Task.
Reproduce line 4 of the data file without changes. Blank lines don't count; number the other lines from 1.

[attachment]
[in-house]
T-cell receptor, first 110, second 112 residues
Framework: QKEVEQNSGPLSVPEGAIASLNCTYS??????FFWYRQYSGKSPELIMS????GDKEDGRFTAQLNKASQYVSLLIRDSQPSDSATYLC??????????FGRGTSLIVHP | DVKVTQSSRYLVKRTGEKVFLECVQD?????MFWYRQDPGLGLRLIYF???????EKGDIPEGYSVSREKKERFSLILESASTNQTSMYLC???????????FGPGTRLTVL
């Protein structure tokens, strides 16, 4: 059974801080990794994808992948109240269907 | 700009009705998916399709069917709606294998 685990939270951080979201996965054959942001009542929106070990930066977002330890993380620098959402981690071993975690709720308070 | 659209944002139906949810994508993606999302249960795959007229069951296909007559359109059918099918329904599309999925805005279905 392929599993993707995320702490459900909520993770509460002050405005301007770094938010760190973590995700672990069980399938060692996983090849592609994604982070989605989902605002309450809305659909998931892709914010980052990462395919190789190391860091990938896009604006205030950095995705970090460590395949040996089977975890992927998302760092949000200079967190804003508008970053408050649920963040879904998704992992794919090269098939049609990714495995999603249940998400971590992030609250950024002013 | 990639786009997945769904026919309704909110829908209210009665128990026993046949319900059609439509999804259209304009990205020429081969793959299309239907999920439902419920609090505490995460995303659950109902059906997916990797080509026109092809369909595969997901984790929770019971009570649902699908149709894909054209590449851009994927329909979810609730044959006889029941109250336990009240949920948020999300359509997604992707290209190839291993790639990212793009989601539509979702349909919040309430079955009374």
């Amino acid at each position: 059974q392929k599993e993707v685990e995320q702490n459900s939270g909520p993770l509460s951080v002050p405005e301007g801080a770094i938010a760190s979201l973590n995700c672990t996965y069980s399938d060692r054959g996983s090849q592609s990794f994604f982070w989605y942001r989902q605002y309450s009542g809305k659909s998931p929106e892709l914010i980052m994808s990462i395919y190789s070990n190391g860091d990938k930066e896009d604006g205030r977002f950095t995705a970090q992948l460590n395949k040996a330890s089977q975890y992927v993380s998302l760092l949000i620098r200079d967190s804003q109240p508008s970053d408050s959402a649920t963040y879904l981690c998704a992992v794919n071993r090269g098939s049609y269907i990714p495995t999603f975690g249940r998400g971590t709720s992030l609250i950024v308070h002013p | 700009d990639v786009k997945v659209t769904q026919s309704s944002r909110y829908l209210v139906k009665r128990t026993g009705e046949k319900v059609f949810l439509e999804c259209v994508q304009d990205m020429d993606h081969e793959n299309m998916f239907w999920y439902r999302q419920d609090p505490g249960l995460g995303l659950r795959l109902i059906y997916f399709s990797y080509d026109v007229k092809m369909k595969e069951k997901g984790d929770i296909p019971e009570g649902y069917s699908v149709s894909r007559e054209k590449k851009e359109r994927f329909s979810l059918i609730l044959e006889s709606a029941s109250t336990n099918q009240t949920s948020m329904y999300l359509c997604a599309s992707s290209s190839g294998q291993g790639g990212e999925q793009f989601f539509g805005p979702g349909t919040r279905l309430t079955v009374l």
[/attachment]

């Protein structure tokens, strides 16, 4: 059974801080990794994808992948109240269907 | 700009009705998916399709069917709606294998 685990939270951080979201996965054959942001009542929106070990930066977002330890993380620098959402981690071993975690709720308070 | 659209944002139906949810994508993606999302249960795959007229069951296909007559359109059918099918329904599309999925805005279905 392929599993993707995320702490459900909520993770509460002050405005301007770094938010760190973590995700672990069980399938060692996983090849592609994604982070989605989902605002309450809305659909998931892709914010980052990462395919190789190391860091990938896009604006205030950095995705970090460590395949040996089977975890992927998302760092949000200079967190804003508008970053408050649920963040879904998704992992794919090269098939049609990714495995999603249940998400971590992030609250950024002013 | 990639786009997945769904026919309704909110829908209210009665128990026993046949319900059609439509999804259209304009990205020429081969793959299309239907999920439902419920609090505490995460995303659950109902059906997916990797080509026109092809369909595969997901984790929770019971009570649902699908149709894909054209590449851009994927329909979810609730044959006889029941109250336990009240949920948020999300359509997604992707290209190839291993790639990212793009989601539509979702349909919040309430079955009374």